A breaking judgement was ‘delivered’. All Deliveroo riders are considered as employees. Not self-employed independent contractors, as argued by Deliveroo.

Deliveroo already left the Netherlands late last year, but this will not prevent claims from their former employees. Under Dutch law employees are entitled to payment of a minimal wage, payment of wages during illness, a transition compensation, holidays, holiday allowance, and have other protective laws and regulations they can appeal to. Therefore, we expect a lot of claims.

The Supreme Court ruled that it is considered as employment agreement, because in view of all the facts and circumstances of the cooperation the former riders of Deliveroo are (1.) performing work, (2.) getting paid for this work and (3.) are working under the employers’ control. The court of appeals did a good job by taking a holistic approach in looking at all the facts and circumstances of Deliveroo, according to the Supreme Court. There can still be an employment agreement, even though the work is regulated by a digital platform and there are options for riders to be replaced by other riders. Also, the argument that the work is embedded in the organisation of the employer and is part of the day to day business of the employer, is one element that may be taken into account when qualifying a cooperation as employment agreement or an agreement for services.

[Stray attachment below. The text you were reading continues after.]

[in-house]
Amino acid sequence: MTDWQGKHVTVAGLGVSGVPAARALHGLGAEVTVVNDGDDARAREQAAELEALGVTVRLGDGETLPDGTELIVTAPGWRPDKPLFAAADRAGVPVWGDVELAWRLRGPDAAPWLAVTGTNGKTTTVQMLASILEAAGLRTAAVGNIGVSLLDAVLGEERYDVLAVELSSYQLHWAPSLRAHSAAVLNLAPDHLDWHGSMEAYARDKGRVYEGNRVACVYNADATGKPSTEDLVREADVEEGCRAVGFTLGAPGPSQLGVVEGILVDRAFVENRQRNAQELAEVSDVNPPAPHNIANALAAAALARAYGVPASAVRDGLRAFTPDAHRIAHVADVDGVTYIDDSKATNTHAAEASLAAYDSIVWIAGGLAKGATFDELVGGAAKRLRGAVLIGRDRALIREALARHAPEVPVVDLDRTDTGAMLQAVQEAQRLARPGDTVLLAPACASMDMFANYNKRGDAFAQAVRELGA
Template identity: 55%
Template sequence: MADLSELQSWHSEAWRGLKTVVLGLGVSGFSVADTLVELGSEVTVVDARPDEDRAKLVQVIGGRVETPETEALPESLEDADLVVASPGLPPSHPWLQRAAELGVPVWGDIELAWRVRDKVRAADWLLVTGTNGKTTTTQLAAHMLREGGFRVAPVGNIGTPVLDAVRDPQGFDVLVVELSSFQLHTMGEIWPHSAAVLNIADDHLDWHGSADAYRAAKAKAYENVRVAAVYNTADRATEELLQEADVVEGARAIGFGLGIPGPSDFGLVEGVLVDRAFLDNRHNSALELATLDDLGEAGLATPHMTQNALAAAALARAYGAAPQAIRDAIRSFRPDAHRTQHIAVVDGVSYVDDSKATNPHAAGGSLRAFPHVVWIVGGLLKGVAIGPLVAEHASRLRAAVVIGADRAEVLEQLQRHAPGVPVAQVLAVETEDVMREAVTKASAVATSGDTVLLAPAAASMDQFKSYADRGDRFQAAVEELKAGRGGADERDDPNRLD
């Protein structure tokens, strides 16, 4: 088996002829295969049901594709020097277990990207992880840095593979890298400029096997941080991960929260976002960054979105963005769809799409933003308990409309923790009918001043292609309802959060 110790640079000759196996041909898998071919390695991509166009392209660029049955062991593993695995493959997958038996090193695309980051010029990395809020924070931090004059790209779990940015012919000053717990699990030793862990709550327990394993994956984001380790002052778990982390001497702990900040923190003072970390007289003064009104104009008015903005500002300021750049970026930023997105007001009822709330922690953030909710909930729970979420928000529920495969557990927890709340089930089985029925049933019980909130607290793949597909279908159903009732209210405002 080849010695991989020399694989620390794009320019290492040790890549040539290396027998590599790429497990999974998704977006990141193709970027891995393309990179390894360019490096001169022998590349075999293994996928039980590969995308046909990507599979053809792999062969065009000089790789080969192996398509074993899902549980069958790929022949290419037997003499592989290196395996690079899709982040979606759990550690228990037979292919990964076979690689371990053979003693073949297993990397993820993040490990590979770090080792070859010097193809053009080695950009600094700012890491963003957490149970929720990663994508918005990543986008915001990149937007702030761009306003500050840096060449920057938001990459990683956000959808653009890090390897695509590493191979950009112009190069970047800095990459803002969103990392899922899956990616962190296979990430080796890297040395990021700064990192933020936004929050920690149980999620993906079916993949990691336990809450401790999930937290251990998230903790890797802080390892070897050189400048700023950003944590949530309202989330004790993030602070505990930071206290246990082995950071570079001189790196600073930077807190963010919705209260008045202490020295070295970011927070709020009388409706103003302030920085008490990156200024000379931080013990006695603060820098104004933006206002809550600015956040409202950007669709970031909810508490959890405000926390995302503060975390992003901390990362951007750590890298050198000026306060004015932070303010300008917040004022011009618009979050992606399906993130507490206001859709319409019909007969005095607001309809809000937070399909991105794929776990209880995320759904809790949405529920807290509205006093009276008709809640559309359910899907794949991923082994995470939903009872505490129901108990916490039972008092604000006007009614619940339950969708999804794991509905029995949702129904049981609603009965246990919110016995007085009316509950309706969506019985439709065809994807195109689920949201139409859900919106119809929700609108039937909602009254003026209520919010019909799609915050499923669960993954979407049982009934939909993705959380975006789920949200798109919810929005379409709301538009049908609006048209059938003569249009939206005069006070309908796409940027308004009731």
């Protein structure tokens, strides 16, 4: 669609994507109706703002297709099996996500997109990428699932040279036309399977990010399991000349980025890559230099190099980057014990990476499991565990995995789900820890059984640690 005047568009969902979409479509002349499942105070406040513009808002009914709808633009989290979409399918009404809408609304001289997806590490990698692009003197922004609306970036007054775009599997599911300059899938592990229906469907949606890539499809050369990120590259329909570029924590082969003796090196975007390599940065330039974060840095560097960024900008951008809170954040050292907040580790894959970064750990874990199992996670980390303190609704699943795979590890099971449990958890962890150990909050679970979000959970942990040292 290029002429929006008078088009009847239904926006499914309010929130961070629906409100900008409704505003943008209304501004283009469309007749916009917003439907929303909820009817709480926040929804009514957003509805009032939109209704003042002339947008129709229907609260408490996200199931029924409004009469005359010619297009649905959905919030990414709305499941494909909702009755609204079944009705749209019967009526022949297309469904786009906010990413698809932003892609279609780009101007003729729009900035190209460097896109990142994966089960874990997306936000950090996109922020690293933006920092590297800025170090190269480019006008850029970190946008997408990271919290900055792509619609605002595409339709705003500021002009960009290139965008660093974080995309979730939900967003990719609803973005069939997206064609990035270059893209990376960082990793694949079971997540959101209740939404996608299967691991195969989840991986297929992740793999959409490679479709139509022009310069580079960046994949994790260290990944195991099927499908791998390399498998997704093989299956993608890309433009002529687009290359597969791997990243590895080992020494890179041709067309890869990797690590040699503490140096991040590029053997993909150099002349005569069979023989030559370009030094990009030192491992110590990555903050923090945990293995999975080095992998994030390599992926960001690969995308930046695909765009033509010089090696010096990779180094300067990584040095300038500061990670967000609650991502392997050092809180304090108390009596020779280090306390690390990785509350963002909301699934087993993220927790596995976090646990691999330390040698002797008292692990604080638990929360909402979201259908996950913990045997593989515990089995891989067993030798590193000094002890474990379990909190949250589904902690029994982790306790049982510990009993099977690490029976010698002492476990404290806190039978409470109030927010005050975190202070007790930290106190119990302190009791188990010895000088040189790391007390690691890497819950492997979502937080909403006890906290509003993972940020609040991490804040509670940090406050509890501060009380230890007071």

Overall, it is now up to the Dutch and European legislator to draft a framework in which regulations are set for “employees” and “independent contractors“. The Dutch legislators aim to come up with definitions en new legislation this summer, which should enter in force per 1 January 2025.

Gite Bright – van der Sluis